Villains and Otherness in Cartoons

I recently read this comic by Alex Graudins that's been making the rounds across social media, about how you can be a patriot without being proud of or loving your country. Graudins makes excellent points, but being the cartoon-lover that I am, the panel that struck me the hardest was the sixth panel. It points out how lots of villains i

Weekly Wrap-Up: Week of July 6, 2020

Is it the weekend again? Didn't we just have one of those last week? Alas, instead of pondering the passage of time, how about we look back at our most recent blog content:

On Monday, we dropped our news flash for July, bursting with all the essential LSQ news;
On Tuesday, our Issue 042 author interviews continued, this time spotlighting Aimée Jodoin and her story "

Issue 042 Release!!! Meet Cover Artist Eleonor Piteira

It's time, dear readers, for Issue 042! This issue contains 12 stories by emerging women-identifying authors bursting with creativity, and is available on our site, in print, and in digital format. As always, we've picked the best cover art, this time brought to us by the amazing and talented Eleonor Piteira! Eleonor was kin

Law & Authors: An Interview with Jacqui Lipton

Jacqui Lipton has been writing the "On the Books" column for Luna Station Quarterly for a while
and, with her new book coming out, we thought we’d turn the tables and ask her some
questions about her own work this month. Editor Jen Gheller took the opportunity to reach out
and ask Jacqui some questions about her interes

Weekly Wrap-Up: Week of June 29, 2020

Another month has come and gone, dear readers, but our blog keeps chugging along! Here's all the good stuff we posted for you this week:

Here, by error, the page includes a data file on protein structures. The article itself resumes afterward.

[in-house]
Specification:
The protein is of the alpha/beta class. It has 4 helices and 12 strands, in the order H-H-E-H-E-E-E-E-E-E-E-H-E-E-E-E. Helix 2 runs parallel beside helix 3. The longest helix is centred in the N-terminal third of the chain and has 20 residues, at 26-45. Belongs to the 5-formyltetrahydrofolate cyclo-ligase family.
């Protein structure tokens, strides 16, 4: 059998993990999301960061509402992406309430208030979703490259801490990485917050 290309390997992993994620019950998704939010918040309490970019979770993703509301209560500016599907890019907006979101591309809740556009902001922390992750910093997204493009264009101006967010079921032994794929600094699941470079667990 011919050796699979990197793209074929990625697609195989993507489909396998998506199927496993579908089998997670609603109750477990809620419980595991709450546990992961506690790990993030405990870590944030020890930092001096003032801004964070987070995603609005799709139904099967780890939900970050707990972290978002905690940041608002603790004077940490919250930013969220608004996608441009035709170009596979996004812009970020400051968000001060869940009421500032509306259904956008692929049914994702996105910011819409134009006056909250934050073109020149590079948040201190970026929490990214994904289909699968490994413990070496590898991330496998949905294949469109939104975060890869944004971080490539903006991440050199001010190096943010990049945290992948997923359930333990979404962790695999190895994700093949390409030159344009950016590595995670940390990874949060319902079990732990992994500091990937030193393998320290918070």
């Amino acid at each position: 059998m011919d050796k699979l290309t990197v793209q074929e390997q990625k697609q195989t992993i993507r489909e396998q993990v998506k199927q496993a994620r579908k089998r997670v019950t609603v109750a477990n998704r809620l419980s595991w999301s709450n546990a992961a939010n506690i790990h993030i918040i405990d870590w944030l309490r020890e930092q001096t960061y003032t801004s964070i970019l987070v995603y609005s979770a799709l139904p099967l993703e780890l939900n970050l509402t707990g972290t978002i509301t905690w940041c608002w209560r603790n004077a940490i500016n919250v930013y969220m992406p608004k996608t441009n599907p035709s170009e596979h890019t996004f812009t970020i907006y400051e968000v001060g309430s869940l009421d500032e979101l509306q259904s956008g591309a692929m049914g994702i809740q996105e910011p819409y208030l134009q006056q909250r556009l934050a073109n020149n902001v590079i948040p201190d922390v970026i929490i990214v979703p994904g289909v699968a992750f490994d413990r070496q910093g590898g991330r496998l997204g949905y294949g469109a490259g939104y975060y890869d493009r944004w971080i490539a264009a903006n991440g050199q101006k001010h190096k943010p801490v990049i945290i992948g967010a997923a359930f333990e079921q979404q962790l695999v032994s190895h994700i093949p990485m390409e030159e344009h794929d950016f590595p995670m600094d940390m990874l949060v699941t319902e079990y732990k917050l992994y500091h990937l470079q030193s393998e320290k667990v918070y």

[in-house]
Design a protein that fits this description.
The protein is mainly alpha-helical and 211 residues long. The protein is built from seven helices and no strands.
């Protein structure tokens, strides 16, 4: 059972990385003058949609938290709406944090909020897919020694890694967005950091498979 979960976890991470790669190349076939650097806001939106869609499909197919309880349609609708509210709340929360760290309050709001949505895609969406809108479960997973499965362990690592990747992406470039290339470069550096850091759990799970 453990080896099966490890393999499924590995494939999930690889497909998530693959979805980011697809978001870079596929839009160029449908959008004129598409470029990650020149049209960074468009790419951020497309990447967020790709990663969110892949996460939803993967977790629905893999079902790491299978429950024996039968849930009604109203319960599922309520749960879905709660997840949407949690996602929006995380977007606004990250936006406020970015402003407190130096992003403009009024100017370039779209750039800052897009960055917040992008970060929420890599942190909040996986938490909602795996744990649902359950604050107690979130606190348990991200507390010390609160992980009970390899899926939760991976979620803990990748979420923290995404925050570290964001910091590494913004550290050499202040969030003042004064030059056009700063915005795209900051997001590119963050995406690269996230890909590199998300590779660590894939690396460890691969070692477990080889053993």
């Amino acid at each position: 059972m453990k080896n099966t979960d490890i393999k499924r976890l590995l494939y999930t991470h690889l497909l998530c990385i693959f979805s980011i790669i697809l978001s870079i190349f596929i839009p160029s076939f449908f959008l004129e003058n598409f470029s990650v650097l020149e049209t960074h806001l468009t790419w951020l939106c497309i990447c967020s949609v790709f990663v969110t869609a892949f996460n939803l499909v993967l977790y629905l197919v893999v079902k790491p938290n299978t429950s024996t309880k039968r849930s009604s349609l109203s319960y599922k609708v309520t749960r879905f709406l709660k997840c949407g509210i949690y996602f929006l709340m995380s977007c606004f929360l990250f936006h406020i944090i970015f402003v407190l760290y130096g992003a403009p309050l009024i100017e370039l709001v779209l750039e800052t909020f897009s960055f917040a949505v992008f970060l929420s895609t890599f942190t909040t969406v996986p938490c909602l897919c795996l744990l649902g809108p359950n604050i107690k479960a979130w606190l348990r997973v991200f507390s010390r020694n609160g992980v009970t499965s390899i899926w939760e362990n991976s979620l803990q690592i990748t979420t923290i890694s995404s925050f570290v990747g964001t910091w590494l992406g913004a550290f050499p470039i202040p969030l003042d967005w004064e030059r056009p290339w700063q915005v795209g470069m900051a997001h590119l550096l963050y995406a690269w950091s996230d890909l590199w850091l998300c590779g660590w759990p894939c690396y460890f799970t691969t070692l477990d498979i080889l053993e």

On Monday, Tracy Townsend recounted her daughter's unexpected reaction to watching Star Wars for the first time;
On Tuesday, Dianne M. Williams shared wisdom and words about her Issue 042 story "Accidental Kaiju";
On Wednesday

Review: You Should See Me in a Crown, Leah Johnson

In recent years, I’ve seen a completely amazing trend take root in YA literature: what I like to call “zany high school hijinks but make them gay.” For somebody who grew up at a time when a lot of LGBT books for teens were either a.) all about the pain of being gay, or b.) all

The Circus is in Town!

Happy Thursday, everyone! In case you haven't heard, LSQ is now open for submissions! Our theme this year is the circus, so we put together a little reading list to help get those creative juices flowing. Get them from a Black-owned bookstore, find an independent bookstore in your neighborhood, or see if your local library has them available in digital format!

Nights at the Cir

That’s Not Horror!: Elements of the Genre

When I decided to write, I knew exactly the genre I would delve into. I wanted to create realities suspended in darkness. Atmospheric and beautifully eerie. Something to make folks shriek and shiver with delight. Unfortunately for me, horror is decidedly a tricky genre to master.

Beside the already daunting task of pulling new ideas out of th

Kishōtenketsu: We don’t need your conflict

“So the Hero has decreed through his mouthpieces the Lawgivers, first, that the proper shape of the narrative is that of the arrow or spear, starting here and going straight there and THOK! hitting its mark (which drops dead); second, that the central concern of narrative, in

-lessstorytelling .LeGuin

The Madhouse Keeper: Reading Susanna Clarke’s Jonathan Strange and Mr. Norrell

Welcome back to our re-read of Jonathan Strange and Mr. Norrell. For the month of June, we’re looking at chapters 41-48, wherein more than one wife is separated from her husband.


With the patronage of the we


Issue 042 Author Interview: Jennifer Lee Rossman and “Depth and Meaning”

Strap in, dear readers, for another Issue 042 author interview. Today we chat with Jennifer Lee Rossman with her relatable story, "Depth and Meaning."